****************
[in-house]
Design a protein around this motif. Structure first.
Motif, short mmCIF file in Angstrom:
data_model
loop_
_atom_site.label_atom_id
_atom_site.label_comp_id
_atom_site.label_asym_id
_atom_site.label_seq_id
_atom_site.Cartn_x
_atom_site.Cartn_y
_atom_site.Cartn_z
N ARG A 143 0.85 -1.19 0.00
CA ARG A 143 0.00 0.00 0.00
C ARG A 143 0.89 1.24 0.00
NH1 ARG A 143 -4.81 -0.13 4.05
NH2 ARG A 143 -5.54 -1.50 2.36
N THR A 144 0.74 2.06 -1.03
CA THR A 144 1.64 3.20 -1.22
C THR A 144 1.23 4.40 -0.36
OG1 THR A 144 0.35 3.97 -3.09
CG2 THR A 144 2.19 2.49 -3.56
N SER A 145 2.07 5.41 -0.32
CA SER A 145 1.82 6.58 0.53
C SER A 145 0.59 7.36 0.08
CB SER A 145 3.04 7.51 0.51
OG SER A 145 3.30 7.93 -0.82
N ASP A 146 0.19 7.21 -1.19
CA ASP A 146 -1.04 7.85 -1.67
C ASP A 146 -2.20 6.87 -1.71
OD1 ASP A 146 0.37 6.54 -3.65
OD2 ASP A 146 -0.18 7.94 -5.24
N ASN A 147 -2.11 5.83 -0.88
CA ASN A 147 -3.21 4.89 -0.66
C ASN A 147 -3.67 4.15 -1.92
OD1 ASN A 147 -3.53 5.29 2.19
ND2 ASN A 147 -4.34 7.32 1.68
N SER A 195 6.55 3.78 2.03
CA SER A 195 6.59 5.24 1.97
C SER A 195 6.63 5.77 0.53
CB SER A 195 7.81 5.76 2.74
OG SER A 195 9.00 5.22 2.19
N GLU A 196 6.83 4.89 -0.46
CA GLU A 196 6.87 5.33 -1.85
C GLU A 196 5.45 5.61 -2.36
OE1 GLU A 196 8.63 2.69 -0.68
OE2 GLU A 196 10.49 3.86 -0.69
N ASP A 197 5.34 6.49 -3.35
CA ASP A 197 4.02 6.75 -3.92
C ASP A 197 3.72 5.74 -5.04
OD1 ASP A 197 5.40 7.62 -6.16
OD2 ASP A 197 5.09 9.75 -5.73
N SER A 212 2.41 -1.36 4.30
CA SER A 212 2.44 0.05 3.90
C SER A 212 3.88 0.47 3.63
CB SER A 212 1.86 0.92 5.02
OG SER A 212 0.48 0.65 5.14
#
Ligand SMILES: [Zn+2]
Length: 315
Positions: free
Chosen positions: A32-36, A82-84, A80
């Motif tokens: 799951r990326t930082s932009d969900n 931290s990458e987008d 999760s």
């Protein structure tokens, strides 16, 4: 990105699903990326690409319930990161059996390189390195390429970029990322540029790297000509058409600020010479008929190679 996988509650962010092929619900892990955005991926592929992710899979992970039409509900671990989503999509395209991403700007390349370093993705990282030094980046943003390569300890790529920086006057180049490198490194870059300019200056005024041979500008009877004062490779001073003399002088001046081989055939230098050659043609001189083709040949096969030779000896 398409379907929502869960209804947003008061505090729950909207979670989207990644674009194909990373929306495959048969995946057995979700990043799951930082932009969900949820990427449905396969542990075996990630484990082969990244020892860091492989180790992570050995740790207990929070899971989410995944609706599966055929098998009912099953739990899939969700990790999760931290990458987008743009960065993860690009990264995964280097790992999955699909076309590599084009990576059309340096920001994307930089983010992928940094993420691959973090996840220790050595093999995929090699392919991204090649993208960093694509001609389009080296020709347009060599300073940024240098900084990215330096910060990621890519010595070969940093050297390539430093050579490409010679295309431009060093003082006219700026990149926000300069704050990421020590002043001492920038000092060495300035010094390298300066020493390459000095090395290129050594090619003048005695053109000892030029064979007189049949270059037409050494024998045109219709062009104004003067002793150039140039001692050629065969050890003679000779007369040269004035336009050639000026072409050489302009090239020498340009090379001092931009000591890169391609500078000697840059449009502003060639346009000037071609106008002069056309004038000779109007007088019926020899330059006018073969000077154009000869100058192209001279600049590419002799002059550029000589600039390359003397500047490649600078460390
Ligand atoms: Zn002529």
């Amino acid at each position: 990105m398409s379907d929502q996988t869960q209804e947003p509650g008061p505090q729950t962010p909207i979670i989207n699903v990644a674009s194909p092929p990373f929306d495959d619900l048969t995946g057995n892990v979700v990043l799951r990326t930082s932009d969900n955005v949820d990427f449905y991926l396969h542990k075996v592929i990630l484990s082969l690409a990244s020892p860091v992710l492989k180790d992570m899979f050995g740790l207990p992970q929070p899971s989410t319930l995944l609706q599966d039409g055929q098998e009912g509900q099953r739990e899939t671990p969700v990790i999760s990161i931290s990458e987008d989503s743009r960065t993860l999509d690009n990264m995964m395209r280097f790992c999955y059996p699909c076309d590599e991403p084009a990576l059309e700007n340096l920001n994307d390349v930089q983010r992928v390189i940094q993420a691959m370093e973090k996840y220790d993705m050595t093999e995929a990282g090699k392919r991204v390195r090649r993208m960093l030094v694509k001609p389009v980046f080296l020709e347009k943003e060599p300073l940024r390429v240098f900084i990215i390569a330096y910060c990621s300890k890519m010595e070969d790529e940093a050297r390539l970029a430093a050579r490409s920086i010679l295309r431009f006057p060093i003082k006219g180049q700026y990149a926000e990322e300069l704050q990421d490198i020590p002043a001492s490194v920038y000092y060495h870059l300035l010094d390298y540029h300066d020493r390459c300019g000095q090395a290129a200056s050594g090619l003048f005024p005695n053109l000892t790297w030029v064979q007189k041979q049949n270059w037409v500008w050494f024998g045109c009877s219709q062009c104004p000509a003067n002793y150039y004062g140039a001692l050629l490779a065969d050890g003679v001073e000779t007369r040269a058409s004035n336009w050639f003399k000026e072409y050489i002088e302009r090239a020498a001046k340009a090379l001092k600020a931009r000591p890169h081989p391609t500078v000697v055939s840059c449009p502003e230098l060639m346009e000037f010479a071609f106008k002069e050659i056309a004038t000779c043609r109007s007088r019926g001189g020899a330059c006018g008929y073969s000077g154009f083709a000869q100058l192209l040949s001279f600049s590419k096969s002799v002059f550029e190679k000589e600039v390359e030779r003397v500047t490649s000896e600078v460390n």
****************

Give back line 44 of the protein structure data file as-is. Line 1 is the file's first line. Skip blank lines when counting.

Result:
CA GLU A 196 6.87 5.33 -1.85